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Border encounters down 25 percent after Biden asylum restrictions announced

Border officials are reporting significantly lower numbers of encounters with migrants between ports of entry at the southwest border, weeks after the Biden administration announced an asylum crackdown.

Customs and Border Protection (CBP) said Thursday that preliminary data since the announcement shows a 25 percent decrease in such encounters, but it warned that “migration flows are dynamic.”

“Our enforcement efforts are continuing to reduce southwest border encounters. But the fact remains that our immigration system is not resourced for what we are seeing,” said Troy Miller, the acting commissioner of CBP.  

“The dedicated men and women of CBP will continue to prioritize national security and disrupt criminal networks, while maximizing consequences for unlawful entry, including detention, prosecution, and removal under recently announced executive actions to further secure the border.”

If the decrease holds, it could be a political boost for President Biden — for years, Republicans have relentlessly attacked the president over his management of the border.

Official CBP data from before the asylum crackdown shows encounters have plateaued since January at levels similar to or slightly below the average for late winter and spring throughout the Biden administration.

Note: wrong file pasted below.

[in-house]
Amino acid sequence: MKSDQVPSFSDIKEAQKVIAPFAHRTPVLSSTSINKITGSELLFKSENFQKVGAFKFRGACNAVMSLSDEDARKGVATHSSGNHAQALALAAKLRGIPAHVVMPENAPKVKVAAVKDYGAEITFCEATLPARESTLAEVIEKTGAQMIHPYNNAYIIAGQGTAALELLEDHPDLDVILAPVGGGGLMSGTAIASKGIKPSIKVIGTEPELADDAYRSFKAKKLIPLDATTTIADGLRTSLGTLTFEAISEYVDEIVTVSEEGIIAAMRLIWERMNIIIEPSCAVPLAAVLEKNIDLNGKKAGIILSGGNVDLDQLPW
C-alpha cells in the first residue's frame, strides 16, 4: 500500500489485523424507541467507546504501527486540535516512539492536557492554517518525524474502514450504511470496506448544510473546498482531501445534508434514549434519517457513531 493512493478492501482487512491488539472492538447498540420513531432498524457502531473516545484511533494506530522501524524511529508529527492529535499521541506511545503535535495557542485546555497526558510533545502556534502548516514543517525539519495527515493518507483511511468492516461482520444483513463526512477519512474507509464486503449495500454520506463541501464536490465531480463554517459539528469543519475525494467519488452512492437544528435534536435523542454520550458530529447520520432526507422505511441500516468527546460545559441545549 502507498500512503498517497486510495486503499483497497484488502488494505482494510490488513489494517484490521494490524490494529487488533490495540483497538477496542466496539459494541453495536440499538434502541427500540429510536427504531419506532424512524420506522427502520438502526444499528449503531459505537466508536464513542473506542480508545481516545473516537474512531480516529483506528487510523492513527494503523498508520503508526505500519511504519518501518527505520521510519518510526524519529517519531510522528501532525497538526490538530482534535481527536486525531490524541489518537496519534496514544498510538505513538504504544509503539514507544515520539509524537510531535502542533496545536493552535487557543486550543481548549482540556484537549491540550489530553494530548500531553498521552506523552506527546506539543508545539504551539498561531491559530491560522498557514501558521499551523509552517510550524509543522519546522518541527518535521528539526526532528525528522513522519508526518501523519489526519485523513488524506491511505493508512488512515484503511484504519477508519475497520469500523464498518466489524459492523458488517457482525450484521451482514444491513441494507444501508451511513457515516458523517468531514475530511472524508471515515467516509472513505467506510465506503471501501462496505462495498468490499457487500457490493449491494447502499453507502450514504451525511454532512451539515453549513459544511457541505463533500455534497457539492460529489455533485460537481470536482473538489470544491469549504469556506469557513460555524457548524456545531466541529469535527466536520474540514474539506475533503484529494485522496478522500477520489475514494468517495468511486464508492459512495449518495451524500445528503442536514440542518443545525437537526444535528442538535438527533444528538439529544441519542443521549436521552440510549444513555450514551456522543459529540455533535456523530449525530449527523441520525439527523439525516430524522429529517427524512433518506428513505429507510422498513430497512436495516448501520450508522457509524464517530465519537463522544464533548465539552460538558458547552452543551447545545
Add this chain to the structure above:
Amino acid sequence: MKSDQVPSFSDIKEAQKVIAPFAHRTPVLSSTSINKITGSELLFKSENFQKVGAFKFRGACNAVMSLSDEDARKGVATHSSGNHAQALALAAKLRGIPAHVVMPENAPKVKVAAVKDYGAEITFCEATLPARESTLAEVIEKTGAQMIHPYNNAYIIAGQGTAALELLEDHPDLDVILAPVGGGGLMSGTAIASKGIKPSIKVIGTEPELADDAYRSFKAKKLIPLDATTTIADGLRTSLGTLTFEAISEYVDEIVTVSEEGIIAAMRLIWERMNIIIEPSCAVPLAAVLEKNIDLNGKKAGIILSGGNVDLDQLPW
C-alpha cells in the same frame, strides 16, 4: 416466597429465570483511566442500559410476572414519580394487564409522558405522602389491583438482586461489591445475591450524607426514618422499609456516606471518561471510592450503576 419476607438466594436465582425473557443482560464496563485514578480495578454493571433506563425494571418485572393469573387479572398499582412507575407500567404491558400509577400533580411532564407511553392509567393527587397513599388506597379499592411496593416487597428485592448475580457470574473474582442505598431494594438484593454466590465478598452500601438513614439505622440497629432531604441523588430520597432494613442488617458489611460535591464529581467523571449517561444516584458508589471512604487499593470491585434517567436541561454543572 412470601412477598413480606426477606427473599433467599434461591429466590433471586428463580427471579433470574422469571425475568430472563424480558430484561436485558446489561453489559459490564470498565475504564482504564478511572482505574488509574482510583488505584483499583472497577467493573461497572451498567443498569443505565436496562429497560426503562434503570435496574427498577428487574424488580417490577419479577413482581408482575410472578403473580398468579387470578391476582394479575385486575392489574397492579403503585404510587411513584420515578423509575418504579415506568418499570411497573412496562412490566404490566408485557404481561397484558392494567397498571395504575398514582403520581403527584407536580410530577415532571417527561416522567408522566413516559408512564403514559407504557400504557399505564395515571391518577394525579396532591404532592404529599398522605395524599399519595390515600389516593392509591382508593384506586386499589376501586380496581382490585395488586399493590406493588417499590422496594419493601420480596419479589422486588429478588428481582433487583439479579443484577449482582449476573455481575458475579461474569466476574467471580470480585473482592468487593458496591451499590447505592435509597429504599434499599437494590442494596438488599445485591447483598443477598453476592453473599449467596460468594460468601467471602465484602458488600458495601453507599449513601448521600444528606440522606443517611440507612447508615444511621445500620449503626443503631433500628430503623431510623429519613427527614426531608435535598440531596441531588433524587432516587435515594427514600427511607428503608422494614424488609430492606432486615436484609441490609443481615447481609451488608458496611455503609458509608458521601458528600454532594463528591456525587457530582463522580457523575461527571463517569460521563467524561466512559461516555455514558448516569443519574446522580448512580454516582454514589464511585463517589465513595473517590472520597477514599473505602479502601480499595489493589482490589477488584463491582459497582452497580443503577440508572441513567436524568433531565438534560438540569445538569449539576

Temporary dips in migration are not uncommon after major border policy announcements.

For instance, Border Patrol encounters dropped 40 percent from May to June 2023, after the Biden administration terminated the pandemic-inspired summary expulsion policy known as Title 42.

Most border experts associate those temporary drops with a wait-and-see approach by migrants and smugglers, who hold back on certain crossings while new U.S. policies are tested.

Under Biden’s asylum rule, most migrants encountered between ports of entry are not screened for asylum claims, and they can be subject to quick expulsion to Mexico, accelerated deportation procedures to their home country and criminal and administrative consequences.

The asylum rule does not apply to migrants who enter the United States at ports of entry through established programs such as appointments on the CBP One app.

Source: The Hill

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